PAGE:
The Opportunities of ESG

Written by Valentina Zamora, Associate Professor of Accounting and Faculty Fellow
November 24, 2020

Last month I participated in the latest meeting of the Northwest Ethics Network (NWEN) where we discussed the topic “Enhancing the Reliability of ESG Reporting.” Public corporations and their stakeholders are increasingly interested in companies’ environmental, social, and governance policies. ESG reporting now influences many investors who prefer ESG-related information that is material and relevant.

Meanwhile, other stakeholders, such as NGOs, industry regulators, and sector watchdogs, prefer ESG information that is both transparent and indicative of progress on social and environmental matters. 2020’s upheavals have only elevated this attention.  Many have called for corporate disclosures regarding investment in employees and communities, climate-related risks, as well as Covid-19’s impacts on operations, liquidity, capital resources, and even the organization’s very existence as a going concern. As a result, ESG is inevitably linked to the broader issues of racial equity, climate change, and social justice.

This broader demand for ESG-related information comes with a rise in intermediaries including ESG data providers and a variety of organizations that provide ESG standards. However, in such a current state of largely voluntary ESG reporting in the United States, even the SEC cautions users against aggregated ESG ratings because of issues around data measurement, survey gaps, peer group opacity, and information overload. How, then, are corporations “taking control of their ESG narrative,” and providing investors as well as other stakeholders ESG-related information that is concise, comprehensive, comparable, and credible?

To better understand this challenge, the NWEN also invited Sheri Flies, Costco’s Vice President of Global Sustainability and Compliance, to share her views on stakeholder engagement as one part of Costco’s broader ESG agenda to be profitable while doing the right thing. Costco’s commitment to sustainability is structural and not merely window dressing. Flies reports directly to the CEO to help set the tone-at-the-top and claims over 243,000 employees worldwide as partners in Costco’s sustainability team to bring about meaningful change.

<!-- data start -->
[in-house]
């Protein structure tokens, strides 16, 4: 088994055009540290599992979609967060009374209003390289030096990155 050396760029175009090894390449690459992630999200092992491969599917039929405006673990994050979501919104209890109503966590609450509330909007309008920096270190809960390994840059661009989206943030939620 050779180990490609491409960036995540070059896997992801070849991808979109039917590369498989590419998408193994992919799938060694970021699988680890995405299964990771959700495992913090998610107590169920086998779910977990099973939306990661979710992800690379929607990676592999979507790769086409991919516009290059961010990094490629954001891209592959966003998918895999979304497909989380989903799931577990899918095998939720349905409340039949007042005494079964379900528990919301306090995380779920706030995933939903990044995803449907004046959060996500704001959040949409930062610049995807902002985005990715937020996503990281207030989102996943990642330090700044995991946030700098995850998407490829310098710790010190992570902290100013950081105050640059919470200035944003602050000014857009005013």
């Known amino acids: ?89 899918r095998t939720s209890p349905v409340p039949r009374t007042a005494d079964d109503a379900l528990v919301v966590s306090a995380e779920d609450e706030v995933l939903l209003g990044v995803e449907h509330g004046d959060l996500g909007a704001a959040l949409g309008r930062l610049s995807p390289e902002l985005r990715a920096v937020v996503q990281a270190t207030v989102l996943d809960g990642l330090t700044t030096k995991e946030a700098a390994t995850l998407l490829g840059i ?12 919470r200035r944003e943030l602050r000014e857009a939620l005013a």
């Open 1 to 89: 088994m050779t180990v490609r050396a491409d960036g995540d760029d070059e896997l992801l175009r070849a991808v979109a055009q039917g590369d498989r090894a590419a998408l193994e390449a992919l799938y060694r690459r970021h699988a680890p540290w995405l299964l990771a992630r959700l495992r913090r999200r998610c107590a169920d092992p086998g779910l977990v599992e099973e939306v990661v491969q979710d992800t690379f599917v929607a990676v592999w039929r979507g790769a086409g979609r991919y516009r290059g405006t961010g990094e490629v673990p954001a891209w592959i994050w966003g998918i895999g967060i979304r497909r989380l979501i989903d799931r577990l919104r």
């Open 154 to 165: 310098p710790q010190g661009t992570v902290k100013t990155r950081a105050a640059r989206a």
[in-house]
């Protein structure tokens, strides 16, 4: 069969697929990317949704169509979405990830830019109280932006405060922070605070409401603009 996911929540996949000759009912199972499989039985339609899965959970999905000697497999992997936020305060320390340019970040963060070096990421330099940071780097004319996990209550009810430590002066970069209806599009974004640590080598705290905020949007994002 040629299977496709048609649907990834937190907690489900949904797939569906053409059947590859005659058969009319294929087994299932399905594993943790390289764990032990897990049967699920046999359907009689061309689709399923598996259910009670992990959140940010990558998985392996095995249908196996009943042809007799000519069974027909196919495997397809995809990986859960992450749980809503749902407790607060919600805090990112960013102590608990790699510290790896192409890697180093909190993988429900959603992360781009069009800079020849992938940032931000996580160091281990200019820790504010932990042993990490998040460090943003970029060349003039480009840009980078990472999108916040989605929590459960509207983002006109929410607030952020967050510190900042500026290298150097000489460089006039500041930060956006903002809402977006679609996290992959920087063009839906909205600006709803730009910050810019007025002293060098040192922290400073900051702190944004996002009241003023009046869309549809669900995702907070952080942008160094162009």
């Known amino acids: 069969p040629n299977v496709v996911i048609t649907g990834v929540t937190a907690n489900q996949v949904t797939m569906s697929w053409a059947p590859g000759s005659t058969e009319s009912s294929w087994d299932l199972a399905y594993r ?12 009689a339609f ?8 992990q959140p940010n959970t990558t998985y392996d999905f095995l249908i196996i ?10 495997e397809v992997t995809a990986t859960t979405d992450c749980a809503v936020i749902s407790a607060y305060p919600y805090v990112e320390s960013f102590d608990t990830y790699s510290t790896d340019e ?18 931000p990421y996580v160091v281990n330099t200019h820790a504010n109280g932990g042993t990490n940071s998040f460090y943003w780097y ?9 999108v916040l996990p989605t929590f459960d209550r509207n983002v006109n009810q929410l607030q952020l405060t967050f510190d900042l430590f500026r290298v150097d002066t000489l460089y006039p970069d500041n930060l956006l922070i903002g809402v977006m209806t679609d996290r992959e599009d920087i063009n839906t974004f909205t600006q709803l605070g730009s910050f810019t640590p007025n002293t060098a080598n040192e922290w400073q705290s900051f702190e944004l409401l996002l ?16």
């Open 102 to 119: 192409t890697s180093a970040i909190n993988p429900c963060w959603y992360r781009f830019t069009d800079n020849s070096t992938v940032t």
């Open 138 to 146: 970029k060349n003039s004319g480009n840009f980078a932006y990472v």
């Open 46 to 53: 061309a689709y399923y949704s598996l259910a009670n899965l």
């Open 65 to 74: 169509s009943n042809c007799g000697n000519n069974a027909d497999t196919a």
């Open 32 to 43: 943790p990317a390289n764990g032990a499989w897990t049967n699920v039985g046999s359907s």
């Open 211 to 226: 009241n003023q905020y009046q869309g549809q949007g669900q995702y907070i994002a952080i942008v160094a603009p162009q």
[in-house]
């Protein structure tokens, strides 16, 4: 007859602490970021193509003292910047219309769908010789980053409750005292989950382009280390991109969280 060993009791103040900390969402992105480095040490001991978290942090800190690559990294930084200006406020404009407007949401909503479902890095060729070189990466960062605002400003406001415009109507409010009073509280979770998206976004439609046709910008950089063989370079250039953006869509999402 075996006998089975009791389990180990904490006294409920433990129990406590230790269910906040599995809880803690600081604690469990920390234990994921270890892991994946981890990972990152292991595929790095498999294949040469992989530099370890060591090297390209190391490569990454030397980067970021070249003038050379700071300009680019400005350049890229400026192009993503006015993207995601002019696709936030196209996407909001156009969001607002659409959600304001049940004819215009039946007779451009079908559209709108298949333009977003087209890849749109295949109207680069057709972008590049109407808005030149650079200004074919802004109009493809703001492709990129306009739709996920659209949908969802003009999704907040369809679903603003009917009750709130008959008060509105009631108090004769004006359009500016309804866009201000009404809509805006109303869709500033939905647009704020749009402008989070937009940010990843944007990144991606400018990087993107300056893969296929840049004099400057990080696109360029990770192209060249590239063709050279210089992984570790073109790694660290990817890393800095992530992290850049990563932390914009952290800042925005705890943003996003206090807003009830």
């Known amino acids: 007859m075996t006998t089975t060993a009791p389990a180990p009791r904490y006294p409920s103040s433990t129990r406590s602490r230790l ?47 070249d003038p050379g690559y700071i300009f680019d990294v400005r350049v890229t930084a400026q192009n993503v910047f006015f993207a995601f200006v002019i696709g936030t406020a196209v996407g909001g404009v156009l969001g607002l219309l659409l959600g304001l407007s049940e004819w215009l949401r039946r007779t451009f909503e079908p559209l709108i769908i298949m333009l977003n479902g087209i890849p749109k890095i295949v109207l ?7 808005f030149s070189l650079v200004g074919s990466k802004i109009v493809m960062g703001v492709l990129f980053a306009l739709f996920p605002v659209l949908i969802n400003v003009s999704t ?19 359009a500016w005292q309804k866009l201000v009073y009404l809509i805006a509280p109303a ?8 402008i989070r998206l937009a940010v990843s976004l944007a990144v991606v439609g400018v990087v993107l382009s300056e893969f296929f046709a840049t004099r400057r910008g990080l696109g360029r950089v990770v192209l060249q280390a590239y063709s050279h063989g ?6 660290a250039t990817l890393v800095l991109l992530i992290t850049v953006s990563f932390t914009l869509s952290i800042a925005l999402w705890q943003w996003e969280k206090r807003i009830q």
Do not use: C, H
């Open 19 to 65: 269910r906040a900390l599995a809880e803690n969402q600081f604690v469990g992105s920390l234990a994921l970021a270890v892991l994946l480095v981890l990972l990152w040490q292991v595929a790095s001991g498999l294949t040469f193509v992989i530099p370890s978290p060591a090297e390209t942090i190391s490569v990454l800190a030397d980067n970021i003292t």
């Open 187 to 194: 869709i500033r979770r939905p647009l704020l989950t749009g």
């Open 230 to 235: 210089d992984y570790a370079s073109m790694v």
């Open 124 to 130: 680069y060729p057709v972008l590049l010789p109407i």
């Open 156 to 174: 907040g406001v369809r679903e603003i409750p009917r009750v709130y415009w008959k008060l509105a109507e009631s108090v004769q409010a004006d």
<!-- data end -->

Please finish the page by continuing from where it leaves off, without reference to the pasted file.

Cartoon tree with an hourglass overlooking a busy cityFacilitating such a corporate culture change is not simple, especially now that current events call for us to expand ESG to include “D,” as in diversity, equity, and inclusion. There are many social and environmental challenges to address, with no foolproof solutions. Various stakeholders move at different speeds and operate in separate lanes, yet there is an expectation that ESG practices need to be quantified and integrated into corporate reporting. The UN’s Sustainable Development Goals have had a positive impact on Costco’s activities in local communities; other social impacts, however, are notoriously challenging to measure. Flies emphasizes that numbers cannot fully reflect the impact that ESG can have on people and the planet. Audits alone will not cut it and actions always speak louder than words.

Costco models this approach by meeting stakeholder where they are, partnering with non-governmental organizations around the world, addressing specific issues using targeted initiatives, and embarking on a holistic climate action plan, even in the midst of everything 2020 has given us. Viewing legal compliance as merely a floor, Flies maintains that transformational, ethically responsible action takes courage.

It also serves as an inspiration for the work of the next generation of business leaders., As just one example, consider Tyler Yeh, a recent Seattle University graduate in finance working in compliance, who participated in the NWEN meeting. In a note to me, he expressed his impressions of Flies’ work:

I was impressed by her ability to frame this pandemic in way that sparked honest reflection in all of us for the massive weight we’re holding...Sure, a pandemic on its own is tough, but add ongoing racial injustice, a recession resulting in mass unemployment, a broken democracy, and climate change…And while this added stress on all of us may not relate directly to ESG, the situation that it creates could lead to big opportunities for responsible business. As Flies pointed out, “it’s an opportunity to rise from the ashes” since “everyone is on an even playing field.” But that observation is just a starting point. The real challenge? Getting that collective “buy-in” from all stakeholders, from super advocates for sustainability to people not looking for drastic changes within their company…

How do we communicate in a way that speaks to all the different interests around ESG? Some may want a “number” that allows us to measure our ESG performance, but metrics are themselves values-based. Ultimately, as Flies notes, the world is people and responsible business is about the relationships that are built, the mutual trust that is created, and the respect that is earned between our companies and its stakeholders.


ESG will remain an important, and not just for its impact on how we assess corporate performance. ESG signals the courage to do business in way that provides enduring impact without easy measurement.

 

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